RenC Girard is a theorist who finds evidence in literature and drama for his anthropological hypothesis of human origin and the role of scapegoating in human affairs. The originary scene of human evolution is described by the generative anthropology of Eric Gans in a way that refines Girard. Generative anthropology also permits an evolutionary model of esthetic form founded on the originary scene that can account for Aristotle's insights into both esthetic and political affairs. As a comparison of Girard's postmodern analysis with the classical analysis of Aristotle's Poetics suggests, there are constants in esthetic evolution. A fivefold pattern of narrative universals can be abstracted from Aristotle and Girard as a model for tracking evolutionary progress and cultural rebirth. This model for esthetic history may also be developed to account for political form as evolved in particular cultures and mirrored in their drama (Aeschylus' Athens and Shakespeare's England). Girard's political model is impractically apocalyptic because it demands the end of the allegedly one and only earthly regime ("scapegoating"). But Aristotle's many mixed regime types in the Politics afford a better evolutionary model for how regime change is mirrored in esthetic form to commemorate real transitions between historical epochs. Such cultural change is initiated by the deliberate "firstness" of statesmanlike prudence. As generative anthropology suggests, the classical and neoclassical esthetics are distinct eras in the evolution of human experience. This evolution is visible in the transitions commemorated in Aeschylus' Oresteia and Shakespeare's Henriad. In the classical esthetic, the separation of office from person, which establishes a secure basis for territorial loyalty, is signified in Aeschy1u.s' Oresteia. This is what Athena's Eumenides represent in the new context of the Areopagus, as society evolves from Orestes, who represented requisite divine justice in the context of Agamemnon's murder. In the neoclassical esthetic, the binding of territorial loyalty to the corporate personality of the human sovereign who rules by consent is signified in Shakespeare's Henriad. This is what Henry V represents in the new context of Agincourt, as society evolves from Henry IV, who represented requisite human ceremony in the context of Richard 11's deposition.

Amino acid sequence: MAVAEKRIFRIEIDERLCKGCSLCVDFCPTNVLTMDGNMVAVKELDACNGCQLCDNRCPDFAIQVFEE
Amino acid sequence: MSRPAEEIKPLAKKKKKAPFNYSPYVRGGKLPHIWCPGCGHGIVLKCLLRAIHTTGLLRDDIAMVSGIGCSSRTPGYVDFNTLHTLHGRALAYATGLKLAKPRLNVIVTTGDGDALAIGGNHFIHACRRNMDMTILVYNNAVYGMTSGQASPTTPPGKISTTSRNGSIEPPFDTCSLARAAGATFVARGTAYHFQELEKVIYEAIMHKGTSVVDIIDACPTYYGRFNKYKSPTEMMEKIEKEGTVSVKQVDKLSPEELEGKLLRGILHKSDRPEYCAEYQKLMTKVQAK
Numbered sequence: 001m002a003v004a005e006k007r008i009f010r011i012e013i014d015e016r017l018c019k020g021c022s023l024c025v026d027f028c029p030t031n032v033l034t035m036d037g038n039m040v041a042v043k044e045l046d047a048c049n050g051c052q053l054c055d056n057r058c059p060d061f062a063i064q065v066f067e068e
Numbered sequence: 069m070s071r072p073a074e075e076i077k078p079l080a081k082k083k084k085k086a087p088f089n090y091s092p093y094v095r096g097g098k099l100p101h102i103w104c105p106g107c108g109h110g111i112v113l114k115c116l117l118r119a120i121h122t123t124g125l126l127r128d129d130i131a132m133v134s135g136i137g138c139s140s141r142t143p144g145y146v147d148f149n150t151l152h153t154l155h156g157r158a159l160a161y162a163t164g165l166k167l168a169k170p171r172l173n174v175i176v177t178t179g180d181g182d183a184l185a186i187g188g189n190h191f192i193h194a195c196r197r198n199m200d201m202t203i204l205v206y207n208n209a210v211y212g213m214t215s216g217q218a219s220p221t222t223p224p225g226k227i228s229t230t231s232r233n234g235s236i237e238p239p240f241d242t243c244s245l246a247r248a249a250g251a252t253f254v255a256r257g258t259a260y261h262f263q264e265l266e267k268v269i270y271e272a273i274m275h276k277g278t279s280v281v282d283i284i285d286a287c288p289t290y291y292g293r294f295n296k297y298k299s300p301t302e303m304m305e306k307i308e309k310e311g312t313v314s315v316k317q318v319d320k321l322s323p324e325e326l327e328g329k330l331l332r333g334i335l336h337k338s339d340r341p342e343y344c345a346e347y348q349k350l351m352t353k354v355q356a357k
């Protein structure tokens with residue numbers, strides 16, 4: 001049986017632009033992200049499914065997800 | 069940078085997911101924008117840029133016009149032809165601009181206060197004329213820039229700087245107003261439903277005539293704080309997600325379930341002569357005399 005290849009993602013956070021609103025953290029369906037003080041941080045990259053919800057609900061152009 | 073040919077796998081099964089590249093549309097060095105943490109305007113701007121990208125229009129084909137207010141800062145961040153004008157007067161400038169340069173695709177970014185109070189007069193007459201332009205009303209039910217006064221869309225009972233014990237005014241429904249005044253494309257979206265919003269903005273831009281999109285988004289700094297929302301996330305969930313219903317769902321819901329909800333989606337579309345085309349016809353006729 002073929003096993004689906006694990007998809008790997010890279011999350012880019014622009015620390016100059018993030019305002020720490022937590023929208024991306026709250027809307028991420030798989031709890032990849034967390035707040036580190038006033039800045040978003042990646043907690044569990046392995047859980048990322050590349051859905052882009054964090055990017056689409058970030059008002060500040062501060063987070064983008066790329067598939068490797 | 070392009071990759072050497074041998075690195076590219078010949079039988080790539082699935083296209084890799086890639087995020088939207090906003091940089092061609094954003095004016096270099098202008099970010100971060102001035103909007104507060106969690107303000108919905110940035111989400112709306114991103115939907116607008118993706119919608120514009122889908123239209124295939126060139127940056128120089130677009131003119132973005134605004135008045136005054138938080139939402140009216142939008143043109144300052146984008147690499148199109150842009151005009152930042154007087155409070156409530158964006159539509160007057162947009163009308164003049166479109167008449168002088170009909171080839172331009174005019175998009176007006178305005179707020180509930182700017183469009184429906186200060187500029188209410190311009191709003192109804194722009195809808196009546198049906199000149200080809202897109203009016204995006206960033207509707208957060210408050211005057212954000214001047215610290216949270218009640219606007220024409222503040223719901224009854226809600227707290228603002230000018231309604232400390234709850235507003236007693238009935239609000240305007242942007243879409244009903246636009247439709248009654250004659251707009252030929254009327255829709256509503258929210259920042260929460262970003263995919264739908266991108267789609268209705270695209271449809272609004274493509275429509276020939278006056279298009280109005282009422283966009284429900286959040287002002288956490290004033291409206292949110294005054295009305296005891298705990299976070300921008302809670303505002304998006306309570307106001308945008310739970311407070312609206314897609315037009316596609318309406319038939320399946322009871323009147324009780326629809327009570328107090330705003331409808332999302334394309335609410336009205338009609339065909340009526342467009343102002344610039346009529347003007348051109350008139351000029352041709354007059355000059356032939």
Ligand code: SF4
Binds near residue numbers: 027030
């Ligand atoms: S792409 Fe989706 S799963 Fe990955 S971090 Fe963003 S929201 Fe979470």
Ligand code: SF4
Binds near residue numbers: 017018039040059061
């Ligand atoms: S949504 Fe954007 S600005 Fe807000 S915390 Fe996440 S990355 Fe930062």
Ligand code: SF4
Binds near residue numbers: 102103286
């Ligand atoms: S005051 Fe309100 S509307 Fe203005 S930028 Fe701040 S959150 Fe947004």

Document type: 
Thesis
File(s): 
Department: 
Special Arrangements: Humanities and English - Simon Fraser University
Thesis type: 
Thesis (Ph.D.)

(Self-)censorship and the ideologies of criticism : Latin American feminisms within and outside the Anglo-American institution

Peer reviewed: 
No, item is not peer reviewed.
Date created: 
1997
Document type: 
Thesis
File(s): 
Senior supervisor: 
Antonio Gomez-Moriana
Department: 
Arts and Social Sciences: Humanities
Thesis type: 
Thesis (Ph.D.)

The experience of exile through the eyes of Czech writers

Author: 
Peer reviewed: 
No, item is not peer reviewed.
Date created: 
2006
Abstract: 

This thesis seeks to demonstrate how the experience of exile was reflected in the work of 20th century Czech writers. It does so by way of an examination of the respective responses of Jan Drabek and Jaroslav Vejvoda to two historical traumas: the 1948 Communist Coup and the failure of the "Prague Spring" in 1968. It argues that while both Drabek and Vejvoda employ typical aspects of exilic literature in their work, each of them provides a different reflection on exile according to the distinct social and political condition of his time. By analyses of these responses to historical trauma, this thesis emphasizes the transition from the external, social, and political approach of Drabek to the internal, private, and strictly non political position of Vejvoda.

Document type: 
Thesis
File(s): 
Senior supervisor: 
Samir Gandesha
Department: 
Arts and Social Sciences: Humanities
Thesis type: 
Thesis (M.A.)

Intellectual identity and the culture industry: Critical thought about intellectuals and mass culture from Adorno to Seinfeld

Peer reviewed: 
No, item is not peer reviewed.
Date created: 
2006
Abstract: